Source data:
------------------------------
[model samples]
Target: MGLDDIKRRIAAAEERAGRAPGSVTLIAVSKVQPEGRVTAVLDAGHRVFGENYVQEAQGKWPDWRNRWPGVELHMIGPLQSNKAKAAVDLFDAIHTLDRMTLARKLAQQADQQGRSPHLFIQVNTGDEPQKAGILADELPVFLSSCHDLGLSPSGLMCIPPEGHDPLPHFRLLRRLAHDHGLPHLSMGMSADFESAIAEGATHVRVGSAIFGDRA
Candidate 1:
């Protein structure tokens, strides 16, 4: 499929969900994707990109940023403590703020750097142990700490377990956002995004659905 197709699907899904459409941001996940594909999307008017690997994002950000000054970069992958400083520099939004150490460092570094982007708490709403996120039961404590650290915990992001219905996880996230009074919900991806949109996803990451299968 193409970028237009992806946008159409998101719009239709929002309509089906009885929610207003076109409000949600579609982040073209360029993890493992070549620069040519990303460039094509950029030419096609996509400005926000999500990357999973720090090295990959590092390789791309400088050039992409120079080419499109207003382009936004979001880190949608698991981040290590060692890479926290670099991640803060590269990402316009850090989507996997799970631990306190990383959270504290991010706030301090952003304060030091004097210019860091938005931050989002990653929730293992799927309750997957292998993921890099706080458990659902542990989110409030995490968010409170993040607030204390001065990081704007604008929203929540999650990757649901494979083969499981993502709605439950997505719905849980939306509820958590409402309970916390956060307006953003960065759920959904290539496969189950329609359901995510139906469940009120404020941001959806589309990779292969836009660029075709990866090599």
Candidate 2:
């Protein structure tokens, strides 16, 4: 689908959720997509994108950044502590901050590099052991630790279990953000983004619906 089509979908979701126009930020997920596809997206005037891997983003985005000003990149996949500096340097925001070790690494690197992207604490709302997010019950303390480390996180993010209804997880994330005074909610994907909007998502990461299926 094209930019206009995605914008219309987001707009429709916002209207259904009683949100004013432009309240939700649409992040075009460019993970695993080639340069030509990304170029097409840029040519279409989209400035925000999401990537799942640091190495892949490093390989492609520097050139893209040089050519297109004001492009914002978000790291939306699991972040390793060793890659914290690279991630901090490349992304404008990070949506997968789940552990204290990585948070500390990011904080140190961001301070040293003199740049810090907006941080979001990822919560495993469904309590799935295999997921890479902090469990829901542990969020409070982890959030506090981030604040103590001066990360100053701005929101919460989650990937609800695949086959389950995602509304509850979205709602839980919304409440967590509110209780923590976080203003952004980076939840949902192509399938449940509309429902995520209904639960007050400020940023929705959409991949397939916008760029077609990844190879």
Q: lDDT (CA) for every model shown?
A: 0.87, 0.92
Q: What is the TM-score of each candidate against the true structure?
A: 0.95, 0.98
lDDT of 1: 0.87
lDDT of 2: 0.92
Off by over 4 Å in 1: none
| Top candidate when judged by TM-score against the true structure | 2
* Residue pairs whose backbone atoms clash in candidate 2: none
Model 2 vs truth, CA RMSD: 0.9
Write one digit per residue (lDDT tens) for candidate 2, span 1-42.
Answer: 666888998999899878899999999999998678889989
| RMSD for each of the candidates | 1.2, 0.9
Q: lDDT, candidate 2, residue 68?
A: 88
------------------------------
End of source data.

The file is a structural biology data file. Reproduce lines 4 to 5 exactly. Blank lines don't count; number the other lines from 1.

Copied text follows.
């Protein structure tokens, strides 16, 4: 499929969900994707990109940023403590703020750097142990700490377990956002995004659905 197709699907899904459409941001996940594909999307008017690997994002950000000054970069992958400083520099939004150490460092570094982007708490709403996120039961404590650290915990992001219905996880996230009074919900991806949109996803990451299968 193409970028237009992806946008159409998101719009239709929002309509089906009885929610207003076109409000949600579609982040073209360029993890493992070549620069040519990303460039094509950029030419096609996509400005926000999500990357999973720090090295990959590092390789791309400088050039992409120079080419499109207003382009936004979001880190949608698991981040290590060692890479926290670099991640803060590269990402316009850090989507996997799970631990306190990383959270504290991010706030301090952003304060030091004097210019860091938005931050989002990653929730293992799927309750997957292998993921890099706080458990659902542990989110409030995490968010409170993040607030204390001065990081704007604008929203929540999650990757649901494979083969499981993502709605439950997505719905849980939306509820958590409402309970916390956060307006953003960065759920959904290539496969189950329609359901995510139906469940009120404020941001959806589309990779292969836009660029075709990866090599």
Candidate 2: